HOW DOES PROBLEM SOLVING VARY?
WHAT IS A PROBLEM? This book is about learning to solve problems, so ﬁrst I shall describe what a problem is, that is, what is being solved. There are many conceptions of a problem. The word “problem” derives from the Greek problema, meaning obstacle. The word “problem,” as used in this book, refers to a question or issue that is uncertain and so must be examined and solved. Everyday life and work are ﬁlled with uncertain situations for which no resolution is immediately known. What route should I take to work to minimize traﬃc congestion? How can we aﬀord an addition to the school building? How can we accelerate the collection of receivables? What will be the most eﬀective method for marketing our new product to the target group? How can we increase fatigue strength to this material without increasing cost signiﬁcantly? Which medical-insurance program should I select? These are all questions about situations that are currently unknown and therefore need resolution. Those problem situations vary from algorithmic math calculations to vexing and complex social problems, such as mitigating violence in the schools. For me, ﬁnding or solving the problem must have some social, cultural, or intellectual value. That is, someone believes that the problem is worth solving. “Problems become problems when there is a ‘felt need’ or diﬃculty that propels one toward resolution” (Arlin, 1989, p. 230). That is, someone believes that the question is worth answering. If no one perceives a need to answer the question, there is no problem. This latter attribute may eliminate most formal, in-school problems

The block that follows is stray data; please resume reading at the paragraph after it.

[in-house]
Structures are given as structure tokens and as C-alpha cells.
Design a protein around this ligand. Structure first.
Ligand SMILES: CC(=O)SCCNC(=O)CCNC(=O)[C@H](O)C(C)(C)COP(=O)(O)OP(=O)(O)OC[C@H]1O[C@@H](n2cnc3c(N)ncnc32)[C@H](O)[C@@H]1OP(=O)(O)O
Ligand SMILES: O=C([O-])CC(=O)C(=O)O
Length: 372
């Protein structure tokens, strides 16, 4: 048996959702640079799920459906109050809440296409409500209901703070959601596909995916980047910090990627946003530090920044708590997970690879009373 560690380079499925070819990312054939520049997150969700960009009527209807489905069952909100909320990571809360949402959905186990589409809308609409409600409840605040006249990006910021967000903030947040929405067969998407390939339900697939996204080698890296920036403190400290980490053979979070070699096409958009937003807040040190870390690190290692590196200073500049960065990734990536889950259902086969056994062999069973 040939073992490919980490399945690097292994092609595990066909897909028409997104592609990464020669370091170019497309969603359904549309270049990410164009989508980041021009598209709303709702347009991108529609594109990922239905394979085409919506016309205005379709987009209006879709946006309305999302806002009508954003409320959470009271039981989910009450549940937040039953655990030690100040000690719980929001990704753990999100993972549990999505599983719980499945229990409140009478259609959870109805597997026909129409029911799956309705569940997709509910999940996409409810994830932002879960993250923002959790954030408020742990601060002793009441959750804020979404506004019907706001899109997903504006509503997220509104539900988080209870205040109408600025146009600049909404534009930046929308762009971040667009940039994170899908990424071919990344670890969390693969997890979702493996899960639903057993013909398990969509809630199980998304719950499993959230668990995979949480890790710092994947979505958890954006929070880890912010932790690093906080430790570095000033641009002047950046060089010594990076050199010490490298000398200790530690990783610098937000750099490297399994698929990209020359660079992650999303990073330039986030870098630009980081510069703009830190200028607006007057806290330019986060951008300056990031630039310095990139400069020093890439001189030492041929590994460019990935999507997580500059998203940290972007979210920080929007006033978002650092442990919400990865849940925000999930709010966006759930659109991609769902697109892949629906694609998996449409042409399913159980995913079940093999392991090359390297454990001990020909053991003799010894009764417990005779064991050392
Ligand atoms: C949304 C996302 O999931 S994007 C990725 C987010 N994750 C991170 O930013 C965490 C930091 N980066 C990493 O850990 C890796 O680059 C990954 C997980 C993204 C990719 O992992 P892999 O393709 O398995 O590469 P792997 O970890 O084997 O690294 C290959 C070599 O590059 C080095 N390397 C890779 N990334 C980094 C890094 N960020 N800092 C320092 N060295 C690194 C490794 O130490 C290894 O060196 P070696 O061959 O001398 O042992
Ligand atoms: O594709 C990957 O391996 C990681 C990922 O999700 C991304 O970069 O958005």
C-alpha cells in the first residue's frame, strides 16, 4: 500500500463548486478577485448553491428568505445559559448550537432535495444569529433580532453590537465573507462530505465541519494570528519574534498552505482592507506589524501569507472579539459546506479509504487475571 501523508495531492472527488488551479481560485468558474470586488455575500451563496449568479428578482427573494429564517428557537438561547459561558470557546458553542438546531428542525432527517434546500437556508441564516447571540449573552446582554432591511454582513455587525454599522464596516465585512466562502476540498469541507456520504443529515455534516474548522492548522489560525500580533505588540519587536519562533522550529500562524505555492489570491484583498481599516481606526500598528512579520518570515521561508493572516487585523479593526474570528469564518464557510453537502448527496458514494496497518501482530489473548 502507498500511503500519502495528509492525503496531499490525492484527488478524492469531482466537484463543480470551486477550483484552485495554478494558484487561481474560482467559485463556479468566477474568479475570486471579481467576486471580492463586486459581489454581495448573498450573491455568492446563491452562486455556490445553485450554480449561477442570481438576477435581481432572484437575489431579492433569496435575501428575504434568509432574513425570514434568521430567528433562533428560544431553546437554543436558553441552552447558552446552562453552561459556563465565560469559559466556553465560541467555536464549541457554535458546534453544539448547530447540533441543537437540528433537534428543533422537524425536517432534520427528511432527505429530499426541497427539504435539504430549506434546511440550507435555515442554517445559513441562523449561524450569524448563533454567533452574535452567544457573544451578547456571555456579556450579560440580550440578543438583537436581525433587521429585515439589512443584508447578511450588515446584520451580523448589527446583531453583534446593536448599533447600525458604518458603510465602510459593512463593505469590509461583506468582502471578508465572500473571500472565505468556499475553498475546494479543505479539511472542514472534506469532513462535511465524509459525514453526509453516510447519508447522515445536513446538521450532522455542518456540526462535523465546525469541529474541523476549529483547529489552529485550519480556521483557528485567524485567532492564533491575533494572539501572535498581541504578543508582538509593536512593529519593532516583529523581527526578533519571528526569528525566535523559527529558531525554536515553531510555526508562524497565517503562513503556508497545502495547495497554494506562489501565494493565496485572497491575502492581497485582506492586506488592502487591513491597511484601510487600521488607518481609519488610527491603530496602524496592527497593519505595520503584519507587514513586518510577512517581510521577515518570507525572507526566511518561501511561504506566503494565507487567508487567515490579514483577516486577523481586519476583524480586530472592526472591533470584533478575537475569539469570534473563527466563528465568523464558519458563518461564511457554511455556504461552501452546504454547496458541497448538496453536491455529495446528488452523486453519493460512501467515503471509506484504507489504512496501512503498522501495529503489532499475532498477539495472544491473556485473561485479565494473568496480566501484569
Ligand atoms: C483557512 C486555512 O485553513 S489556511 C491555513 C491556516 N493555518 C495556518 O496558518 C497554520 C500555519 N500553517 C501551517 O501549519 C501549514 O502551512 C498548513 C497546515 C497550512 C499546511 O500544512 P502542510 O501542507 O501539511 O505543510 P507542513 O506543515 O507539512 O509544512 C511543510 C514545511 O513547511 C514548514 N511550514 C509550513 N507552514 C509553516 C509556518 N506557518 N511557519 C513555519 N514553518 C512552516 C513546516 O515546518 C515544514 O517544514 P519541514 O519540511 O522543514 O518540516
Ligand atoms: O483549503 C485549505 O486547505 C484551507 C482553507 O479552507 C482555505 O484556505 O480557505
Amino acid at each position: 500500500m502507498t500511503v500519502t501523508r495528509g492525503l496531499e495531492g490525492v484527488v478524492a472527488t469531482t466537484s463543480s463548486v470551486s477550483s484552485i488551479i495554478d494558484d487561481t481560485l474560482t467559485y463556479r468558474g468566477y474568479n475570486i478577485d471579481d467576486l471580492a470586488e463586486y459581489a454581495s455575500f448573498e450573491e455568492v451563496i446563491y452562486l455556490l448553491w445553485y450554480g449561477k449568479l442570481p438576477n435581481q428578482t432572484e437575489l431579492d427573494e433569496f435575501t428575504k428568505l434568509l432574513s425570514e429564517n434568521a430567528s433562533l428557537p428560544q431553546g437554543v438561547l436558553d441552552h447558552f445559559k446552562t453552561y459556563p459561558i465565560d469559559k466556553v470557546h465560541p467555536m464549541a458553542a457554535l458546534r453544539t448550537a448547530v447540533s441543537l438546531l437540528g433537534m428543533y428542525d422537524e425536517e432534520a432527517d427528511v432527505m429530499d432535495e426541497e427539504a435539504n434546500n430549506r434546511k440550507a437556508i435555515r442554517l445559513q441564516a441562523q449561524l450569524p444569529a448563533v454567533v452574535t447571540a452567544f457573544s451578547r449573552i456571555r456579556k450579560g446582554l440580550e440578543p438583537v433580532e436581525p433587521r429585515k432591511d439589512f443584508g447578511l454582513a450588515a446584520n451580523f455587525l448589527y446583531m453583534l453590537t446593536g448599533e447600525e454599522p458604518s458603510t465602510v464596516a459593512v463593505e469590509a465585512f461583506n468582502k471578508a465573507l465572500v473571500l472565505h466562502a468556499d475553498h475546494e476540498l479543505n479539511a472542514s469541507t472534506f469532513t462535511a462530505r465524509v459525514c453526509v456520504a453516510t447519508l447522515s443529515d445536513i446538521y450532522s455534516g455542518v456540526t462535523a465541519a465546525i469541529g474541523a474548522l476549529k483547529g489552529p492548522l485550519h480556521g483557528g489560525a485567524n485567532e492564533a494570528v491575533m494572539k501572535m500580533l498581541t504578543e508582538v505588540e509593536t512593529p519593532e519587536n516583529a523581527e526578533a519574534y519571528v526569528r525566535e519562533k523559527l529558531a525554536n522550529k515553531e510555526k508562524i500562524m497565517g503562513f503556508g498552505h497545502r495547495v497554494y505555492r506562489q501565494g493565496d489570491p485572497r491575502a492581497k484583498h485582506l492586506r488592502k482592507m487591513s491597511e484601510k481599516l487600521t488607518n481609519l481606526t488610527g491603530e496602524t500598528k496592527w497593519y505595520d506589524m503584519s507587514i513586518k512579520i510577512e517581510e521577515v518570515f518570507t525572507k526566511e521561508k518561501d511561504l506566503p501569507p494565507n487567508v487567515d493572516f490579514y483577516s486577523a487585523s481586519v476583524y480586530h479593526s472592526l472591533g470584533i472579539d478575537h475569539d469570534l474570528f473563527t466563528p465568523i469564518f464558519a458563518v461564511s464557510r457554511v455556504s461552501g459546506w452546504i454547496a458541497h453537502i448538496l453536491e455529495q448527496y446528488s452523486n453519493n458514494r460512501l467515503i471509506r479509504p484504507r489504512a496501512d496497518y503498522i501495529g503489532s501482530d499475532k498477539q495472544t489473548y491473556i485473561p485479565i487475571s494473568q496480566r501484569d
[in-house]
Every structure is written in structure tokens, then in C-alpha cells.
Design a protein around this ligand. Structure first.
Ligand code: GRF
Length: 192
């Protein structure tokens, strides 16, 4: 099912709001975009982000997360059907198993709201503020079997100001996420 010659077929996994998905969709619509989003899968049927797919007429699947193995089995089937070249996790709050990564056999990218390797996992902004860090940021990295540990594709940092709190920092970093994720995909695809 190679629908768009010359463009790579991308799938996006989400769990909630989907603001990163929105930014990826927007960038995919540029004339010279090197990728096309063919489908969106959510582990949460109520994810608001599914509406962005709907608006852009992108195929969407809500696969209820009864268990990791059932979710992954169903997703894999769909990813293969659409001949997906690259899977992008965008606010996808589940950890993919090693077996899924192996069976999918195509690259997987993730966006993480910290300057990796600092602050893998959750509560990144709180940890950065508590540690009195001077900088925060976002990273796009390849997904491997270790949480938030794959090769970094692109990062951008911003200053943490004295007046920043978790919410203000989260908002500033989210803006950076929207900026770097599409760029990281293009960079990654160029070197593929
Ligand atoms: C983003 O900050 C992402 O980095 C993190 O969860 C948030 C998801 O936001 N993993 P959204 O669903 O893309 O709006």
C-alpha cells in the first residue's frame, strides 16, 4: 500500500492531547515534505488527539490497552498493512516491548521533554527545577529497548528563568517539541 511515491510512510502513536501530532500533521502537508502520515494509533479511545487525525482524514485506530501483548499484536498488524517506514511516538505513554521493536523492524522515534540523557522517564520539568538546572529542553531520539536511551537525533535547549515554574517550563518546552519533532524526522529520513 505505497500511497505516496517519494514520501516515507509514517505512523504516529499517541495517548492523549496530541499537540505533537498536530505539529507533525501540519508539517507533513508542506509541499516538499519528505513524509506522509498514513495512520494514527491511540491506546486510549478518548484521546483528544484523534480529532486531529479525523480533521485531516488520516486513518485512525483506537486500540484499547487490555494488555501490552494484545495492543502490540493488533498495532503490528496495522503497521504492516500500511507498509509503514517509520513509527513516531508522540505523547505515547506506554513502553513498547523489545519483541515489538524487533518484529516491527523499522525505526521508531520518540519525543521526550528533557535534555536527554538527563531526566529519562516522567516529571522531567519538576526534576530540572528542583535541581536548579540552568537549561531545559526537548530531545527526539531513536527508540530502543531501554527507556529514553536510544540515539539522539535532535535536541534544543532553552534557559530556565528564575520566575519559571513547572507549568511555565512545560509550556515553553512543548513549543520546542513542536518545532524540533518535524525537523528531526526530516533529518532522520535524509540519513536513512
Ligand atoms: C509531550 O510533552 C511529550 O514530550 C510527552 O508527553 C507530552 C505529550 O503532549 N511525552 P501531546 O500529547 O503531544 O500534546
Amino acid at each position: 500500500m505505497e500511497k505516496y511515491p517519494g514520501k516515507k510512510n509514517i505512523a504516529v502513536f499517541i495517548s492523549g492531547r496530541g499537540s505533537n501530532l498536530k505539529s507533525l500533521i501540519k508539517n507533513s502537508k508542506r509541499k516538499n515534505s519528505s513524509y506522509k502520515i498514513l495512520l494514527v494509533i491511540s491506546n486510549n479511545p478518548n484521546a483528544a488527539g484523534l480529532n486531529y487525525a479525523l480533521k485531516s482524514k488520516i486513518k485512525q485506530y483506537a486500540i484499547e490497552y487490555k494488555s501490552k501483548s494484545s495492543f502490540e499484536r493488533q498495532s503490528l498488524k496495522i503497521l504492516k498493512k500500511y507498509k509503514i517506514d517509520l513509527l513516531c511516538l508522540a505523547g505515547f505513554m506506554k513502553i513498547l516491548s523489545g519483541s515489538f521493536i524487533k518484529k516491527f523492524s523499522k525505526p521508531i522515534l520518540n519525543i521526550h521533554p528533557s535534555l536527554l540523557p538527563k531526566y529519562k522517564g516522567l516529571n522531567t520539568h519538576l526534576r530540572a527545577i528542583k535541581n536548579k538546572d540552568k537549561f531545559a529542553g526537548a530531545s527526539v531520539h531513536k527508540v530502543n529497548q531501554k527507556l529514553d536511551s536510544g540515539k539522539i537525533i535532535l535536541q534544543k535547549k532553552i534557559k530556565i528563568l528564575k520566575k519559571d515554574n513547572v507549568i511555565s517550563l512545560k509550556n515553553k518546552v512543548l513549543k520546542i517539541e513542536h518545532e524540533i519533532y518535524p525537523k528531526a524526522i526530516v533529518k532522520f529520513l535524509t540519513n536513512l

from the category of real problems because students often do not perceive a need to ﬁnd the unknowns to the types of problems posed in schools. However, because their teachers do perceive such a need, they are normally regarded as problems.